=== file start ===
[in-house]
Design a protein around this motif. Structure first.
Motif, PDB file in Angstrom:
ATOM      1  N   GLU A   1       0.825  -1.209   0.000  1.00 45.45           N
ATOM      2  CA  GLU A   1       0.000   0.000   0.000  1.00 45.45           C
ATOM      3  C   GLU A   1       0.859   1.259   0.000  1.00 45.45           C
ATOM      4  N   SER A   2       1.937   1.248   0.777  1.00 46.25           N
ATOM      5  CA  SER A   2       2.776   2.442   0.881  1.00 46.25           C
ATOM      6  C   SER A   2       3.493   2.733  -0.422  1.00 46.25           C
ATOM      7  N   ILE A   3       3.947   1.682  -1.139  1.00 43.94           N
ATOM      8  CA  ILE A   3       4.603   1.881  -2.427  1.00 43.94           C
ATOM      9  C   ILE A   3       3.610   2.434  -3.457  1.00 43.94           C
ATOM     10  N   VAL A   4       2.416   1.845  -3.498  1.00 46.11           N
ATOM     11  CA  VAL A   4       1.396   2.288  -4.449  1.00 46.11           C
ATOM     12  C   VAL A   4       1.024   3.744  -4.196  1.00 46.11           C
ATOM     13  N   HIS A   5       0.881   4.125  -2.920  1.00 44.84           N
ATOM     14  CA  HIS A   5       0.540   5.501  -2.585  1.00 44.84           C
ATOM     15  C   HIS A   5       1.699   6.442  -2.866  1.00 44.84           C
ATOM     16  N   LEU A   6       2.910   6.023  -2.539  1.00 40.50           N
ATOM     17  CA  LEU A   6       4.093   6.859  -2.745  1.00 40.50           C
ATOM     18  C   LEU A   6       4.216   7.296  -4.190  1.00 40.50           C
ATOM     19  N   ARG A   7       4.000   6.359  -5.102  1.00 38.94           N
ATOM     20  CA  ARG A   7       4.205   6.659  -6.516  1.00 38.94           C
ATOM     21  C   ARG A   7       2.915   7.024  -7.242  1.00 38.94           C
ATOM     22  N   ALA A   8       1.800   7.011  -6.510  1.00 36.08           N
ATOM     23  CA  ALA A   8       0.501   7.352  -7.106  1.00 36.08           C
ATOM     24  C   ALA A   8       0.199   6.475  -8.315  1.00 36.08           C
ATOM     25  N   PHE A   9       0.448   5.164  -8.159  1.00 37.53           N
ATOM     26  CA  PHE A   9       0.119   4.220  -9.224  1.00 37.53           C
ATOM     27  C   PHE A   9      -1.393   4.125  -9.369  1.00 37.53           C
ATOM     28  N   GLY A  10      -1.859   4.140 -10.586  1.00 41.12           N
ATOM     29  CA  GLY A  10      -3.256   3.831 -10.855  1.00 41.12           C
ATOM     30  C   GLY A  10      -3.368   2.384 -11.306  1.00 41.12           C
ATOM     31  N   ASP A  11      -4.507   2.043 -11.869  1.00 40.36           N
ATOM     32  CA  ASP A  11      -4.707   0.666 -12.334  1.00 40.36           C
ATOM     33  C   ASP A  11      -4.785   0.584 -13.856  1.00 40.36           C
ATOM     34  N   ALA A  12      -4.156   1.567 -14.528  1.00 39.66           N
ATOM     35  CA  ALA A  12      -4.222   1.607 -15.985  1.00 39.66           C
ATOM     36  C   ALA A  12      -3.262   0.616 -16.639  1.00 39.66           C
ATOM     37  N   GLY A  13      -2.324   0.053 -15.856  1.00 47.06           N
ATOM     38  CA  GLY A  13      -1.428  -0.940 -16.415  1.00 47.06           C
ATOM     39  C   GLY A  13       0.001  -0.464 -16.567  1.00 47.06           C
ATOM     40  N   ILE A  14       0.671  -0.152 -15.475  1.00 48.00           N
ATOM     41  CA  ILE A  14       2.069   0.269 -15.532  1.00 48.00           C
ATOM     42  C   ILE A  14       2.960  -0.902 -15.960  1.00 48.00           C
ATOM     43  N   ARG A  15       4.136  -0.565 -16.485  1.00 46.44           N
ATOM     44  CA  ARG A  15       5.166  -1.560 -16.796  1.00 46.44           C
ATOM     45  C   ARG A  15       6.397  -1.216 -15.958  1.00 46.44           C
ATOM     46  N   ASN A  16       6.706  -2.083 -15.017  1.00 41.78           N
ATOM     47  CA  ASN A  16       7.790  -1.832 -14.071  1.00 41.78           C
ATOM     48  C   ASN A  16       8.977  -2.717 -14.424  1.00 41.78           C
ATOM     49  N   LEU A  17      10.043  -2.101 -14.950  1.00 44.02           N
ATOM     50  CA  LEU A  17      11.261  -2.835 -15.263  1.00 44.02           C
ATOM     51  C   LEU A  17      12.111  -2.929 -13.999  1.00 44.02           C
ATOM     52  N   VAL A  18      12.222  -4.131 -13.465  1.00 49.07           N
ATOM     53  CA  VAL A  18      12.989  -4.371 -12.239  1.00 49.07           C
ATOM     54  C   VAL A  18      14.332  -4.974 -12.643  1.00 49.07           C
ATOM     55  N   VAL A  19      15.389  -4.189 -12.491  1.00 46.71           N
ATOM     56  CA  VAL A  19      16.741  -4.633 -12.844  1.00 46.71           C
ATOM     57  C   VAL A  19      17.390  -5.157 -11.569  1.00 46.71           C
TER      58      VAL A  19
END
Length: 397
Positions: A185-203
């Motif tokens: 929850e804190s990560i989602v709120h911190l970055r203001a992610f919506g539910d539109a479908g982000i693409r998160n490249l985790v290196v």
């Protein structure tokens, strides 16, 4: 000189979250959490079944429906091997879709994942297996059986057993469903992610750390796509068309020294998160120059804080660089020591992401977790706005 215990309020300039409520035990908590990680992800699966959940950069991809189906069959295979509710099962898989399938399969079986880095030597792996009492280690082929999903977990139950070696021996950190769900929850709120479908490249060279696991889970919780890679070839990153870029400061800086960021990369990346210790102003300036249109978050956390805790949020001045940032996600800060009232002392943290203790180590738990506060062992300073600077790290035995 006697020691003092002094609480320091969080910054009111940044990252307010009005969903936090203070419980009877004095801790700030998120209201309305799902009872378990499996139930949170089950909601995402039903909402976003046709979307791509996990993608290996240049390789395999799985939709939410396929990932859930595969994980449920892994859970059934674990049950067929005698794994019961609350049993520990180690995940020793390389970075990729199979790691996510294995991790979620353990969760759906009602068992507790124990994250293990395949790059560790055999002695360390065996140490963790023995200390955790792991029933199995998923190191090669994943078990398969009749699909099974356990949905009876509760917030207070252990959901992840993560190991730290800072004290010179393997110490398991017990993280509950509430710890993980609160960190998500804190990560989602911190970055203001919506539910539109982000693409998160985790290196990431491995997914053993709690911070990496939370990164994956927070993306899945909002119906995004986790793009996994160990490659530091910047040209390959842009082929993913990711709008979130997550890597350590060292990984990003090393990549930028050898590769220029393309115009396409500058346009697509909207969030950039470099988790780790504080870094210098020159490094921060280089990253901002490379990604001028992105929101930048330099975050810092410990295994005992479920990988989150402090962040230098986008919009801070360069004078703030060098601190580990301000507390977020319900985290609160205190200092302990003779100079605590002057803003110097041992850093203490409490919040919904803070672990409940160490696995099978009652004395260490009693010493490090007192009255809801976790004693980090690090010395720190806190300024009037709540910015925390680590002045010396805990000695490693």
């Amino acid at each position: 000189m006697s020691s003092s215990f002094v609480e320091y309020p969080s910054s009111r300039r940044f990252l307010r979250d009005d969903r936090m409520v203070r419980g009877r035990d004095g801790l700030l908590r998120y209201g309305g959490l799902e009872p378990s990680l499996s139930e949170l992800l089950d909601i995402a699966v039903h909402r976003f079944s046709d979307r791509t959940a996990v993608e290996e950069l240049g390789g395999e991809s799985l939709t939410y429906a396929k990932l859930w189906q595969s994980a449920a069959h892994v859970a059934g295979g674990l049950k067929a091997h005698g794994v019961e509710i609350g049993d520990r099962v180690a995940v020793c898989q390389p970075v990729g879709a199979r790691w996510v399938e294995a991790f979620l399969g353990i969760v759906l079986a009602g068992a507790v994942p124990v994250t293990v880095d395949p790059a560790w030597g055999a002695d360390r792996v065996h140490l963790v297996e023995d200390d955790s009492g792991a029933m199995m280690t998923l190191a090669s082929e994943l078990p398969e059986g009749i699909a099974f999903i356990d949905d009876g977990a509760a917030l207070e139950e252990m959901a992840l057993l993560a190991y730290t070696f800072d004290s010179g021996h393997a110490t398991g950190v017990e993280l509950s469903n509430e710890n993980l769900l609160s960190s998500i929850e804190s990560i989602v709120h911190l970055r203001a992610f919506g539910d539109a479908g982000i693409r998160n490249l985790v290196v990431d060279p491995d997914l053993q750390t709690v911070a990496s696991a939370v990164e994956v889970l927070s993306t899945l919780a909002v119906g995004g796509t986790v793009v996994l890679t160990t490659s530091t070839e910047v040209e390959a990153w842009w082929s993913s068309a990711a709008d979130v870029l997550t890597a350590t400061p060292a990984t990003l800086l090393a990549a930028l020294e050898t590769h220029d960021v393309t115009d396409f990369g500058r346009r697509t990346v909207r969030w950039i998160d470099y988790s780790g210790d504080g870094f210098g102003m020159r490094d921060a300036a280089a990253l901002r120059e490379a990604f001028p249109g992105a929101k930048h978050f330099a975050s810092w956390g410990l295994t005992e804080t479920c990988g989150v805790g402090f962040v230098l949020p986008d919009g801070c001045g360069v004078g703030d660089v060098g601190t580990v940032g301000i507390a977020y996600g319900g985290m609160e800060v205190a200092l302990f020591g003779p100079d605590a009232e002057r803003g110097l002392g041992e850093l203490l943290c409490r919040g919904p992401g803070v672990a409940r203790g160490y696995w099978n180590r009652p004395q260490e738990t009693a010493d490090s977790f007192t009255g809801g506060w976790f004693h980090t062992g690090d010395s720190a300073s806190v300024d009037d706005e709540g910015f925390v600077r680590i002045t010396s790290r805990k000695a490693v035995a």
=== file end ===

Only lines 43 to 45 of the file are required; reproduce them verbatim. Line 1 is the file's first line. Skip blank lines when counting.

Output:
ATOM     40  N   ILE A  14       0.671  -0.152 -15.475  1.00 48.00           N
ATOM     41  CA  ILE A  14       2.069   0.269 -15.532  1.00 48.00           C
ATOM     42  C   ILE A  14       2.960  -0.902 -15.960  1.00 48.00           C